Brexiters know this, which is why they came up with the idea of global Britain. It is a farce, which can be refuted in at least two ways. First, every analysis based on academic research I have seen suggests the gains from trade deals with other countries outside the EU come nowhere near the loss due to less trade with the EU. Nowhere near. Second, if you want good trade deals with other countries, the best way to achieve them is to get the EU to negotiate them on your behalf, because the EU is more experienced and has much more clout in any negotiations than the UK. That is why the EU has so many trade agreements with other countries. 

All this knowledge about the impact of trade on productivity and incomes was dismissed by Brexiters with two words: Project Fear. All the knowledge that Keynesians have accumulated for 80 years was dismissed with a few more: the government has maxed out its credit card. Others have dismissed the knowledge of doctors and climate scientists with similar home-spun homilies.

Yet many, including many in the media, still refuse to think of economics as knowledge. People who wouldn’t think twice about saying a fall in the supply of coffee will raise its price say all economics is just dressed up political opinion. People who would not dream of ignoring doctors just because they cannot predict when you get a cold say all economics forecasts are worthless. Of course there are some things, like whether the Euro was a good idea in economic terms, where there are pros and cons and therefore economists’ views may differ or change. But the evidence that making trade substantially more difficult with our immediate neighbours will be harmful is so overwhelming that only 1 in 22 UK economists disagree. I have yet to meet an economist who specialises in trade who disagrees.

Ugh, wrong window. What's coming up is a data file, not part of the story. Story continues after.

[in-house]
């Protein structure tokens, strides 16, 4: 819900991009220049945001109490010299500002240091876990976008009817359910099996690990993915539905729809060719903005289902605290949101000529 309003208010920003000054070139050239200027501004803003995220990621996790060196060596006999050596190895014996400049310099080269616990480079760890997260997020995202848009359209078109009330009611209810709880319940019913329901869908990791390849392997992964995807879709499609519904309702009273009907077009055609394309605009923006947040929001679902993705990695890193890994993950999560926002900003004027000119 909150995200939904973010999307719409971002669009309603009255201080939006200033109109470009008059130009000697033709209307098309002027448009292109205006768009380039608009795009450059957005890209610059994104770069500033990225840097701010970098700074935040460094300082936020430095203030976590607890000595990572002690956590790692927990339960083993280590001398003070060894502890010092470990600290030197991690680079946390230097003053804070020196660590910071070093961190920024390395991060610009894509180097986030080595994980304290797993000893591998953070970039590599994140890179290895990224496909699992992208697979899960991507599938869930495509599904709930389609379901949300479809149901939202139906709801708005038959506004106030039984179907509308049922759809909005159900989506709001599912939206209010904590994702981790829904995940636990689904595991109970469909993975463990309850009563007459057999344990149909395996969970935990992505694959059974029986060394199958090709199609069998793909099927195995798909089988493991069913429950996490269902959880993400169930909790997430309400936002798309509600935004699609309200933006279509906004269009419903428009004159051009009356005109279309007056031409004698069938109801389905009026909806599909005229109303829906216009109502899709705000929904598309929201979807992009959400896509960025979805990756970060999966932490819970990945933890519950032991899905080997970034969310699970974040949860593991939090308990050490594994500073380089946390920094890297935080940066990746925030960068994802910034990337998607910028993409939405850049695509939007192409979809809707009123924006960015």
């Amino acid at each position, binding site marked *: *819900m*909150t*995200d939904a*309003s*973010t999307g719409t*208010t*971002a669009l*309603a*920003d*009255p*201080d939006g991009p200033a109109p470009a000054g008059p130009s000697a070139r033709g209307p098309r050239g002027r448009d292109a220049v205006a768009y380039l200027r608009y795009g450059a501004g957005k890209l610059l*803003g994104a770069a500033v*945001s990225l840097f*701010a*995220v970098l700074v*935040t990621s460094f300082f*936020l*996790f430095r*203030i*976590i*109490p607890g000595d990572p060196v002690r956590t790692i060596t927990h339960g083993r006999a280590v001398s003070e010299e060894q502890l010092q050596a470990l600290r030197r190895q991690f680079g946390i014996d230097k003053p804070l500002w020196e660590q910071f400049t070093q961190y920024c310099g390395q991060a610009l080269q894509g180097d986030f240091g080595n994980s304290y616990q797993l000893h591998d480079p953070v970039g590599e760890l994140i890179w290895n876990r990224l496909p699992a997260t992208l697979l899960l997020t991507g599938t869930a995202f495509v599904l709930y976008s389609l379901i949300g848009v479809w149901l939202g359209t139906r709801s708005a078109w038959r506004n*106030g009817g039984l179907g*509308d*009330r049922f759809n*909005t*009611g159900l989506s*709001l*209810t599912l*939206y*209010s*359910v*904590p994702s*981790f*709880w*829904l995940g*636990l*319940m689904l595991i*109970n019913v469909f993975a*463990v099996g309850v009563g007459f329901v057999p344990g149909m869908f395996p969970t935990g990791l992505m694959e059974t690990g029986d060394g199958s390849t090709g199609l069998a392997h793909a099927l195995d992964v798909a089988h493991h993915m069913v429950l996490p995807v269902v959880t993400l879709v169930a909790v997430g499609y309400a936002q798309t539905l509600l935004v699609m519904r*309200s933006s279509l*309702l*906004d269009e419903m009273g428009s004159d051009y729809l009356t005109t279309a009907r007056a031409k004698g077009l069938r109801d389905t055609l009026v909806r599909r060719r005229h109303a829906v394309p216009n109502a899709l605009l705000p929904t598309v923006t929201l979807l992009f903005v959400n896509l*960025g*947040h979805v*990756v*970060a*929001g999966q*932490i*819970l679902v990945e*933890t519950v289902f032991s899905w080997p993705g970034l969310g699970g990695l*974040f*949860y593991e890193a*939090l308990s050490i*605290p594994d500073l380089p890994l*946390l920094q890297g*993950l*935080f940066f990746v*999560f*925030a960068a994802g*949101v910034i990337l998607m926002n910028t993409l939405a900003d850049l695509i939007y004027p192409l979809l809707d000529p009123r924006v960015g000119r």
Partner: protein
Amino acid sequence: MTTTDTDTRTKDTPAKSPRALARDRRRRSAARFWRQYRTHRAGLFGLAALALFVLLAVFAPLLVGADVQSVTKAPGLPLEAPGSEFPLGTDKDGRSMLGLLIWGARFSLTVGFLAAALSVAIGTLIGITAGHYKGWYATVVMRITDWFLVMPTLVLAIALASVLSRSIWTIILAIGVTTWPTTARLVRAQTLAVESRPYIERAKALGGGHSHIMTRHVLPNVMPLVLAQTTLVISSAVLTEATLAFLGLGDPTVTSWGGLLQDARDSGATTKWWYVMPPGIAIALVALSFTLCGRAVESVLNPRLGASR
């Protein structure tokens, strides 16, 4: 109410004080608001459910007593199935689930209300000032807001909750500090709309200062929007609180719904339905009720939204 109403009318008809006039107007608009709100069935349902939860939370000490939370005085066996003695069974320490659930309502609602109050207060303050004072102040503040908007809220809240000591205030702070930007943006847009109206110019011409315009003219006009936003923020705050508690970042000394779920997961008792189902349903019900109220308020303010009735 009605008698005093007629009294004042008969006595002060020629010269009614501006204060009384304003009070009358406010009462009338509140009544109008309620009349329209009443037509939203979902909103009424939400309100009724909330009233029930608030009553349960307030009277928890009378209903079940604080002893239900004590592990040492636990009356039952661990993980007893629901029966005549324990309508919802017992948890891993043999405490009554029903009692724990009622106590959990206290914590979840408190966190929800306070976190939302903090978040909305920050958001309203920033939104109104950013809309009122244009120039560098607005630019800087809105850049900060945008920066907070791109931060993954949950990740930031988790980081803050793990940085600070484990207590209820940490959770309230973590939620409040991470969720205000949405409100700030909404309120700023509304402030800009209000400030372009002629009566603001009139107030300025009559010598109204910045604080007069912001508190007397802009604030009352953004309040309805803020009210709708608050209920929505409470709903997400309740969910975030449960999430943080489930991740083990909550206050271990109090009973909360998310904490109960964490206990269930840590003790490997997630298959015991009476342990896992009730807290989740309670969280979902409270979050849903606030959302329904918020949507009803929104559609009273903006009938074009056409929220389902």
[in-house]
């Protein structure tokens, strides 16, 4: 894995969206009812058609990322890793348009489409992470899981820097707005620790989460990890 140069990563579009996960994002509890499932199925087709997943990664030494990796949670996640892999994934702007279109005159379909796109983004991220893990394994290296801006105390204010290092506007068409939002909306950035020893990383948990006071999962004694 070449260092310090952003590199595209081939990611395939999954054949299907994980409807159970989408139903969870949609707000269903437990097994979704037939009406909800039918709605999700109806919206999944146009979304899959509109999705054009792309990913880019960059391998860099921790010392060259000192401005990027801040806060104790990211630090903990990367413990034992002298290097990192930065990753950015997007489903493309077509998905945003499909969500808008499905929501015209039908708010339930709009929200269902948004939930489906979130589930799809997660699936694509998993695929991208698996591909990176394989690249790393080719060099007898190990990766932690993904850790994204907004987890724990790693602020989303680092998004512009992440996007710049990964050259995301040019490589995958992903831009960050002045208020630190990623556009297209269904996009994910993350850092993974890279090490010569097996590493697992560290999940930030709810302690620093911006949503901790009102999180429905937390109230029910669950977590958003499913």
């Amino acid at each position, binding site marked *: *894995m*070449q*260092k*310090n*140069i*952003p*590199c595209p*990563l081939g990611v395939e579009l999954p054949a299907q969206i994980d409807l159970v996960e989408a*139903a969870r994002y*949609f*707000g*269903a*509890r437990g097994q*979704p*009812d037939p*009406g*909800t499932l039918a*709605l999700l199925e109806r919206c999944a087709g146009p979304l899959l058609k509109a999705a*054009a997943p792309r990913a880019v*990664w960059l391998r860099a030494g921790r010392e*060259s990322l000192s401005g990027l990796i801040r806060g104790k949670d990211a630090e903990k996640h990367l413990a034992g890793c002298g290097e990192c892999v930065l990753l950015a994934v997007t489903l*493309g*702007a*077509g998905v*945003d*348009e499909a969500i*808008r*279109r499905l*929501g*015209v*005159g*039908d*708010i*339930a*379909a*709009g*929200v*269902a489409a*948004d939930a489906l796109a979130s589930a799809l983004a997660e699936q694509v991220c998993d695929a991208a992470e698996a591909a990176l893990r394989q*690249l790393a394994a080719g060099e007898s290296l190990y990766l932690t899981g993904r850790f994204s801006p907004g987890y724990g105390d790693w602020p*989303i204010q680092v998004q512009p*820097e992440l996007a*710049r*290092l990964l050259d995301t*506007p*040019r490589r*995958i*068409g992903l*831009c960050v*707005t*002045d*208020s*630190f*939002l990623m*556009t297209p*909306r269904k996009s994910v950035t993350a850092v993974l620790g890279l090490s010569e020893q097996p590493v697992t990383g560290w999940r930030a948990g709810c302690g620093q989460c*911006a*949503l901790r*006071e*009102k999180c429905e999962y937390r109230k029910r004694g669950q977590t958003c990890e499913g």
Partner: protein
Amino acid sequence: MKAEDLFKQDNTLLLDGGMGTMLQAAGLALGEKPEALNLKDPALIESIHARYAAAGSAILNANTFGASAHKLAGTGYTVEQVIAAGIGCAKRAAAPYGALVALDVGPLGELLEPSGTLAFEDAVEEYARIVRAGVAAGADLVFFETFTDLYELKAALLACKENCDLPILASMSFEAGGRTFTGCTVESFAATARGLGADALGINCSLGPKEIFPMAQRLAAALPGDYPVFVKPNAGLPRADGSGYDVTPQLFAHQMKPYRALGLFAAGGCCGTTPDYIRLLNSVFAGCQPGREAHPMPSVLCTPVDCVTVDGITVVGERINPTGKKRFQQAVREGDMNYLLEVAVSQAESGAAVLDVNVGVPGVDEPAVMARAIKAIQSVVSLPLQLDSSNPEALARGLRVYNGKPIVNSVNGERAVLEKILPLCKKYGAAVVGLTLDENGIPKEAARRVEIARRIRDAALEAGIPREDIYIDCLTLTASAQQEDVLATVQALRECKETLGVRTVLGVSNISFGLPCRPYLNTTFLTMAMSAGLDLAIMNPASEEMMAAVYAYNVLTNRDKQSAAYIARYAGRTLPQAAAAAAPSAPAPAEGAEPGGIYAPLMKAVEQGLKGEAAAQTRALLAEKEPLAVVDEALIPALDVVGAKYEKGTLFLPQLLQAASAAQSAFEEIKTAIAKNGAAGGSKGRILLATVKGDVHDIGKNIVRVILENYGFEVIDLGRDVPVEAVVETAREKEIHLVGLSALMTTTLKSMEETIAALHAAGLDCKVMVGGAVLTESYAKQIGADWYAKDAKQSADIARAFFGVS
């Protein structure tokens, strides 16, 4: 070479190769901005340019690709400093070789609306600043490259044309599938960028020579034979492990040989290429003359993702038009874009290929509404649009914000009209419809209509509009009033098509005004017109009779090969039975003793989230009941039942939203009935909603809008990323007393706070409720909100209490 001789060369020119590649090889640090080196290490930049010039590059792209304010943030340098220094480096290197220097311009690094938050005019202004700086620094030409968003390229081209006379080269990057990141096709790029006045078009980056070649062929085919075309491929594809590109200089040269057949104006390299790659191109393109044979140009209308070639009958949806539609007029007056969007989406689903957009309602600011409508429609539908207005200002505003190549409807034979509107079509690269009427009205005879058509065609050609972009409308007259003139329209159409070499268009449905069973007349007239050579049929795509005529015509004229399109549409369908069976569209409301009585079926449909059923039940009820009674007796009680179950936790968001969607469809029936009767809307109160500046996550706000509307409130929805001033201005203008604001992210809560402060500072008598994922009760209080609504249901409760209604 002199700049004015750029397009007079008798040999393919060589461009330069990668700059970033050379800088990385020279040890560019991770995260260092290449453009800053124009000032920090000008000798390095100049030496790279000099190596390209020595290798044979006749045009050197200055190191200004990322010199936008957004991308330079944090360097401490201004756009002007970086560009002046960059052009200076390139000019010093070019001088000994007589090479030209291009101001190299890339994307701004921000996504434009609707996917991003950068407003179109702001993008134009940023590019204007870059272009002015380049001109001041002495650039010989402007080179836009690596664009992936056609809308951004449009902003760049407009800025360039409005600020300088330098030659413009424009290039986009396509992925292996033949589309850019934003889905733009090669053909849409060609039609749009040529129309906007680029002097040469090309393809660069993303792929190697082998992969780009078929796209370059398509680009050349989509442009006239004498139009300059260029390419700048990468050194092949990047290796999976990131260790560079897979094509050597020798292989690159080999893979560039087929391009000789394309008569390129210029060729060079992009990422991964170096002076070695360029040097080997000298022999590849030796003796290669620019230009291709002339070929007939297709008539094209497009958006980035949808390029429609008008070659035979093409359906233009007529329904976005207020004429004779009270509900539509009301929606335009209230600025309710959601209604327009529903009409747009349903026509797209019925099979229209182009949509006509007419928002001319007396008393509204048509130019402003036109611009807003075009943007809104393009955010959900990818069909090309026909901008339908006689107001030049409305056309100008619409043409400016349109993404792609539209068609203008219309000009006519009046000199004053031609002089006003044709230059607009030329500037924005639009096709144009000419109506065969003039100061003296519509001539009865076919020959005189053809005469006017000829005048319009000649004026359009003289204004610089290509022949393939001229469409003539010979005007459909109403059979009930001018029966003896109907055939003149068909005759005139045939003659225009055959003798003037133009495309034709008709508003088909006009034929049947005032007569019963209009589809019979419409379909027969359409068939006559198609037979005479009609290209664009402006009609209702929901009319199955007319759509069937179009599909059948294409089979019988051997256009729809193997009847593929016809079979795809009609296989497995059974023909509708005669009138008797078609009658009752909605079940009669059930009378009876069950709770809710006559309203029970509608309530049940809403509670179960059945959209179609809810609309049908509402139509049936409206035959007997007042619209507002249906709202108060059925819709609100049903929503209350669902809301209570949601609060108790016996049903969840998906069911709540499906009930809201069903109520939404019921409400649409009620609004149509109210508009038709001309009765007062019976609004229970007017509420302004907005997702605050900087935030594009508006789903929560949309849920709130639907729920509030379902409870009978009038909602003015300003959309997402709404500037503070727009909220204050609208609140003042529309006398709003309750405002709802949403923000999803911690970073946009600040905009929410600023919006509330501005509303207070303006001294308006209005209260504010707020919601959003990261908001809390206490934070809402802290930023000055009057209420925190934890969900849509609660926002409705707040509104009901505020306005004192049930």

So when a woman on Question Time said we just do not know what will happen after Brexit, she was repeating an idea pushed repeatedly by the Brexit press and implicitly supported by most broadcasters. The BBC accepts that climate change is happening (most of the time) because that knowledge comes from ‘proper scientists’. The BBC does not accept that Brexit will make the UK worse off in economic terms because it is knowledge predicted by economists, and they think economics is not knowledge.

The right in the UK and US are now set on a course where they are prepared to defy science itself for their own interests. But this can only succeed when some of those who think of themselves as in the centre let them. In this case it has been allowed to happen in part because political journalists and those above them at the BBC decided economics where the overwhelming majority of economists agree was not knowledge but just another opinion. As I have spent my working life examining how economics can improve policy choices it is hardly surprising I find that simple ignorance outrageous.